HBSc 2002 – Astronomy and Physics Specialist
Sarah Torrie is a high school physics teacher at Victoria Park Collegiate Institute in Toronto. She is a graduate of the Astronomy and Physics Specialist program as well as the Education Program at the University of Toronto. Sarah is the winner of the 2022 Prime Minister’s Award for Teaching Excellence in STEM and the 2019 Canadian Association of Physicists Award for Excellence in Teaching High School Physics (Ontario).
Why did you choose Physics?
Admittedly I didn’t start my university degree with a physics-centred plan. In high school, I took and enjoyed a variety of courses, and I continued to take both arts and science courses once I started university. However, by my second year I had narrowed in on the Astronomy and Physics Program. I think I chose physics because I liked the challenge it presented. I liked tackling difficult problems and I enjoyed the comradery of working with classmates on those problem sets. I have fond memories of making observations using the telescope in the McLennan building and driving the departmental Astro van up to the David Dunlop Observatory for an evening of data collection. It was here that I discovered the frustration and thrill of doing science.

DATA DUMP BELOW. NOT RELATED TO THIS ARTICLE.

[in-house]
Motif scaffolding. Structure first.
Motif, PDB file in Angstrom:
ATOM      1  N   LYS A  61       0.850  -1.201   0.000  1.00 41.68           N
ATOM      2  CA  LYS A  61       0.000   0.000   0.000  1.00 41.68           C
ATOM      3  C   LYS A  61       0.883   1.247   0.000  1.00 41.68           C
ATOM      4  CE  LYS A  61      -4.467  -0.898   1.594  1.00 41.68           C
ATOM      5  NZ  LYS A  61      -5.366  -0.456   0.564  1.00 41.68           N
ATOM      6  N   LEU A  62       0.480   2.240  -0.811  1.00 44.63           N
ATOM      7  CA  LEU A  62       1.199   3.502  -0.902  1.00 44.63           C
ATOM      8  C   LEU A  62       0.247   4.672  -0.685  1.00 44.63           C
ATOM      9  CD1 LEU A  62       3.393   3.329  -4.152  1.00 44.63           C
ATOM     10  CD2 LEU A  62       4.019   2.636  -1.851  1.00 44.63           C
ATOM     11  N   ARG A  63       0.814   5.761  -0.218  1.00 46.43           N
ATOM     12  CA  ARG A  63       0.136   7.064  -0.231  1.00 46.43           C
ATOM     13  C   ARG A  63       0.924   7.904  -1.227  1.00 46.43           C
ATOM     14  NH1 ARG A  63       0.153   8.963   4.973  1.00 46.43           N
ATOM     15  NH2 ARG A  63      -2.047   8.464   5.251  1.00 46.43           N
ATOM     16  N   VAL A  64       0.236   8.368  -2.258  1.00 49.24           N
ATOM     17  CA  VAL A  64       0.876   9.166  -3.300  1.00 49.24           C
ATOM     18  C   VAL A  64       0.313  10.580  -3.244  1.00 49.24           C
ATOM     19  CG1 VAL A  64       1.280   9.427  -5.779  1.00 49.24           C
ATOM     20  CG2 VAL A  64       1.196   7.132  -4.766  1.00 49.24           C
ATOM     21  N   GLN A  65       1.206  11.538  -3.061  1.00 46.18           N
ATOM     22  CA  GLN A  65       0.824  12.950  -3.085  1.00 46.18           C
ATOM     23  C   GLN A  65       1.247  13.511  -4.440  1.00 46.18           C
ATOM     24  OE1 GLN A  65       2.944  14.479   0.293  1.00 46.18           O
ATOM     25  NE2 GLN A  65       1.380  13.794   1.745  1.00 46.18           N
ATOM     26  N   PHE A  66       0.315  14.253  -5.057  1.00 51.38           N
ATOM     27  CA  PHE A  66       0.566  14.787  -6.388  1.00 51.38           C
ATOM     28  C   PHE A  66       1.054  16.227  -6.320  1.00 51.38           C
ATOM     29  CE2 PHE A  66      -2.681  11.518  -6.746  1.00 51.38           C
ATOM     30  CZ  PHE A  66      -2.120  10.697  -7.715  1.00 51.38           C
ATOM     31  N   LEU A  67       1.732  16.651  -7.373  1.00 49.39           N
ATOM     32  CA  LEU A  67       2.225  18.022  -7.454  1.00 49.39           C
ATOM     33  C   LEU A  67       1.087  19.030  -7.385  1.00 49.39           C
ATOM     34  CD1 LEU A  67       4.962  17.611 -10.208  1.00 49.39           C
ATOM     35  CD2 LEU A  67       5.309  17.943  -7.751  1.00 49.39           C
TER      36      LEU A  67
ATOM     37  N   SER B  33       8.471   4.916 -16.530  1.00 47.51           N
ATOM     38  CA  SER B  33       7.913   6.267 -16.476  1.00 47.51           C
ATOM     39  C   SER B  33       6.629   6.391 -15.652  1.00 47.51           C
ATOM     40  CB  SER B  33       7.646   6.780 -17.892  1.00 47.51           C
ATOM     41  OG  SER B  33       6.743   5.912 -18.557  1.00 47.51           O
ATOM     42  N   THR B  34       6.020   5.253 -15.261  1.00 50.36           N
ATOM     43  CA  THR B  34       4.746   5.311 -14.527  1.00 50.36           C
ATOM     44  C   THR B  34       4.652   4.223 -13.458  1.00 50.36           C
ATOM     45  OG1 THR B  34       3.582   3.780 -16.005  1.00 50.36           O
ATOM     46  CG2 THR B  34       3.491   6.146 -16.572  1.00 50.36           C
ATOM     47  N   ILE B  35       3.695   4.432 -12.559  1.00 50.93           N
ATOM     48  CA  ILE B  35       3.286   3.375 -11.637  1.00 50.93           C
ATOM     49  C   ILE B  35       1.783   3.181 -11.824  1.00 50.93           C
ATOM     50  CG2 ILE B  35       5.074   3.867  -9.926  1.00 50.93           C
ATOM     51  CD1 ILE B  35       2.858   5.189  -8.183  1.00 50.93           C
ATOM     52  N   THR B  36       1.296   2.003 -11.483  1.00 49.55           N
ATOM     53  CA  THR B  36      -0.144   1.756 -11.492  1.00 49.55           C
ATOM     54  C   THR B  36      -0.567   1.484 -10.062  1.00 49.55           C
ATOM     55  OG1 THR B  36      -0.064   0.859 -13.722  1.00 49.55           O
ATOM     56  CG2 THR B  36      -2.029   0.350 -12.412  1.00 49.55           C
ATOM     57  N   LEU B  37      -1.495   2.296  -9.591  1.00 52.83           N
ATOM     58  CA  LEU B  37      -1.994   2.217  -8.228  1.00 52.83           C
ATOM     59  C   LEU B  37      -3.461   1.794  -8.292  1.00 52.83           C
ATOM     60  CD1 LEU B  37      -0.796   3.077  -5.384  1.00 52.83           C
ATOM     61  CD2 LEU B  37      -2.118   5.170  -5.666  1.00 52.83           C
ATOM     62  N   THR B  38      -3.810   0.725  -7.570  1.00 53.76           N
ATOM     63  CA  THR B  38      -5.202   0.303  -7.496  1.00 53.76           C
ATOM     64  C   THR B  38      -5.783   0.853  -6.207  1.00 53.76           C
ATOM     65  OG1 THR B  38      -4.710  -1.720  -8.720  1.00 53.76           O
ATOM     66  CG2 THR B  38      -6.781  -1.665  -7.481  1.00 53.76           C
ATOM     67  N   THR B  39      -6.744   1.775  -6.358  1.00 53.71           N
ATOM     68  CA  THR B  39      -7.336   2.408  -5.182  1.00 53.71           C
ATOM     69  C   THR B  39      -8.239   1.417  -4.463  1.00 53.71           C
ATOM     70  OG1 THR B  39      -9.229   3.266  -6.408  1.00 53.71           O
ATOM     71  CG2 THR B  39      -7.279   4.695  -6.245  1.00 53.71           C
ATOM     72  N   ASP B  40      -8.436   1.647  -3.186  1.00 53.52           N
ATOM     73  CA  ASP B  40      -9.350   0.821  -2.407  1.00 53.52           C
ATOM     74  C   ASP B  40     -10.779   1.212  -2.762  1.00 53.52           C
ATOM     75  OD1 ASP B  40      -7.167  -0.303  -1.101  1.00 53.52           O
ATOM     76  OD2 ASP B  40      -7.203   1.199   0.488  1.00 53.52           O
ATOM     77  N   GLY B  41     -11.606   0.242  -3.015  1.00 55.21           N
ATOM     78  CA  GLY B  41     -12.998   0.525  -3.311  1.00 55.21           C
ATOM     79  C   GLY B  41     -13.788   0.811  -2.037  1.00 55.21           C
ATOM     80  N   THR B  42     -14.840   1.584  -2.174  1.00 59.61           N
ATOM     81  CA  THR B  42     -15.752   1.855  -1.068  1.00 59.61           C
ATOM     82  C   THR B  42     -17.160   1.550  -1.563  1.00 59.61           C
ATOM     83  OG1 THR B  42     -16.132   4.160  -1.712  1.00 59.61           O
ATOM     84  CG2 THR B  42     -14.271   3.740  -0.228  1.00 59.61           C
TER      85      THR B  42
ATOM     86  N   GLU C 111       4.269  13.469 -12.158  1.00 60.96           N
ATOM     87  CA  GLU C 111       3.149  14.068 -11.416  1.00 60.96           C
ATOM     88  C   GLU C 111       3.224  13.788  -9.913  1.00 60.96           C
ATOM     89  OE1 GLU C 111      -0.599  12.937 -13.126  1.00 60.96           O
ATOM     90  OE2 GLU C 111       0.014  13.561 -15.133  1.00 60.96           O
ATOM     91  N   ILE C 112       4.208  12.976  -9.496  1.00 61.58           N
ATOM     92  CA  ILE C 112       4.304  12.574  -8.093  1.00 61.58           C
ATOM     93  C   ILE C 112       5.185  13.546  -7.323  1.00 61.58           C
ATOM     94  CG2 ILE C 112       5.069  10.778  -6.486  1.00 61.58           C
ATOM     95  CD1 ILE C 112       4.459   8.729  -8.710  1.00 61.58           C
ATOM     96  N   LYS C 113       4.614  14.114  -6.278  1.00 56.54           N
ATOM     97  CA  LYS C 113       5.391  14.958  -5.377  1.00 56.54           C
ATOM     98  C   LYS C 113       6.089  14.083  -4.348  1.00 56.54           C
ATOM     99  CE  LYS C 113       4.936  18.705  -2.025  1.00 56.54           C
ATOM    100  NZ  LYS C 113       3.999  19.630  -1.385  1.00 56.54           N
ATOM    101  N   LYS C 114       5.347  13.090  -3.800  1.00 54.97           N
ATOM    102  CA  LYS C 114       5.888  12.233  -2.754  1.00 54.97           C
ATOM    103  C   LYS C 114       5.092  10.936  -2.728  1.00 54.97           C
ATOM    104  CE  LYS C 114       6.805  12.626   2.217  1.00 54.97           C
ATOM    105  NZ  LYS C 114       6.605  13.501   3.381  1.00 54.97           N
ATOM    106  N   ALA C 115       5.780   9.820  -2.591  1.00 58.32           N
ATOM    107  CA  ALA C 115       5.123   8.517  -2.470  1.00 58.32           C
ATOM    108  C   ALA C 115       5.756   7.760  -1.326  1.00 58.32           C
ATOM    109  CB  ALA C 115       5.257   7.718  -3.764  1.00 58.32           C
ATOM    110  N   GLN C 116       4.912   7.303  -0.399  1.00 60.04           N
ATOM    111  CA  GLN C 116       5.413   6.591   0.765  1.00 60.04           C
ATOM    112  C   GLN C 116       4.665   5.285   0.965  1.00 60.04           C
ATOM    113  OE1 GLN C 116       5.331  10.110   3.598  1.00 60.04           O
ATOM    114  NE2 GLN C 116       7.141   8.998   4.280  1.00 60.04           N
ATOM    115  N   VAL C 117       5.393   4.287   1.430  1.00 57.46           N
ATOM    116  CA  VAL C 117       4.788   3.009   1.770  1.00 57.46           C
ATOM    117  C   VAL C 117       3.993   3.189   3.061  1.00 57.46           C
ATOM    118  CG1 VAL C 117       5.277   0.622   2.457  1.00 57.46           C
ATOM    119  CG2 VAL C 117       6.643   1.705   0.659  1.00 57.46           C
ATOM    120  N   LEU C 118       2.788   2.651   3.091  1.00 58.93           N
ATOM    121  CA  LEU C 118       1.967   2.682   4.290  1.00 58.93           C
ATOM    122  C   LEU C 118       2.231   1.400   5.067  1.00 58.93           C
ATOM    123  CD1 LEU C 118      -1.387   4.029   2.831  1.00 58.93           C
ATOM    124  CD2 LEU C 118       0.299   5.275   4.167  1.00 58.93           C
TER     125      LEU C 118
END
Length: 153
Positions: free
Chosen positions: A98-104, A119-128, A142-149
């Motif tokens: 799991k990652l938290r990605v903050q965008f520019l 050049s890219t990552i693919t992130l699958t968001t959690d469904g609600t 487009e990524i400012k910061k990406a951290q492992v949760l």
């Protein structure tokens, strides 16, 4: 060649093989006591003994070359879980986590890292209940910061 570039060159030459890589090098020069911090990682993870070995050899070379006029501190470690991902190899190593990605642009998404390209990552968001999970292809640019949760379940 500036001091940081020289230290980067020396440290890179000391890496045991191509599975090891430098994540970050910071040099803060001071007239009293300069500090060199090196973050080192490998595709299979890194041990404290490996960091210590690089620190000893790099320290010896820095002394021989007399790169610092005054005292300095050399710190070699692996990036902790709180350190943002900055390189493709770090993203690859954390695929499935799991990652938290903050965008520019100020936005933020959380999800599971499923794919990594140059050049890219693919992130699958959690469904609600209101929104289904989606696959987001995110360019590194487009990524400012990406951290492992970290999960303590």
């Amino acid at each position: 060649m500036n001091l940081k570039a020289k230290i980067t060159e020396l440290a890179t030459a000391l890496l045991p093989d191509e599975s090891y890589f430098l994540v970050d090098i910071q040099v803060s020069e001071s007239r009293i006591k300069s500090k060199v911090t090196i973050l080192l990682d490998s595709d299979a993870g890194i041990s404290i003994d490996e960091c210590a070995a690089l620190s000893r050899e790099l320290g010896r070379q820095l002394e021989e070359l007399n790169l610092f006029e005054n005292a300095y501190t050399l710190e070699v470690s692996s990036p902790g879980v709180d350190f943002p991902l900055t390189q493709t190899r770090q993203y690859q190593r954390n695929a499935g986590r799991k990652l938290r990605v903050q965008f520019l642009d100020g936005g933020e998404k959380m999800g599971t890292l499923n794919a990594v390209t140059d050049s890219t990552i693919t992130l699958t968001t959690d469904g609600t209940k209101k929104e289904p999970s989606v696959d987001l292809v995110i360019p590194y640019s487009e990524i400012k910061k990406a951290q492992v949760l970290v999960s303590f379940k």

It is difficult for me to separate my decision to major in physics and my choice to explore a career in education. In my second year I saw a flyer advertising the Early Teacher Program (ETP). This program, spearheaded by Professor Charles Dyer, allowed physics students to gain experience in Ontario science classrooms before entering the education program at OISE. One year into this program I knew that teaching physics was for me. Thanks to the support of the Department of Physics and the mentorship of Professor John Percy I was able to write an astronomy outreach manual as part of my final research project.
How did physics help you in your teaching career?
Physics was not easy, but I value the experience of the challenge it presented – and appreciate how it informed my perspective on learning. It made me a more confident, resilient, and empathetic teacher. Physics helped me recognize how much discussing ideas with others makes us better learners and teachers. Being a physics educator is one of the best jobs in the world. Making physics accessible, inclusive and fun is very rewarding. The physics teaching community is a supportive, creative, and dedicated group of people. Collaborating with other physics educators has taken me to the Canadian Light Source, Perimeter Institute, Institute of Quantum Computing and CERN. These experiences have expanded my knowledge base, connected me to the greater physics community and have ensured my teaching remains relevant for students.
I have also enjoyed staying connected to the U of T Department of Physics through their outreach program. Over the years my students have benefited from department members volunteering their time to run workshops, give tours, run contest preparation, and deliver lectures. Thank you for your continuous support of our young scientists.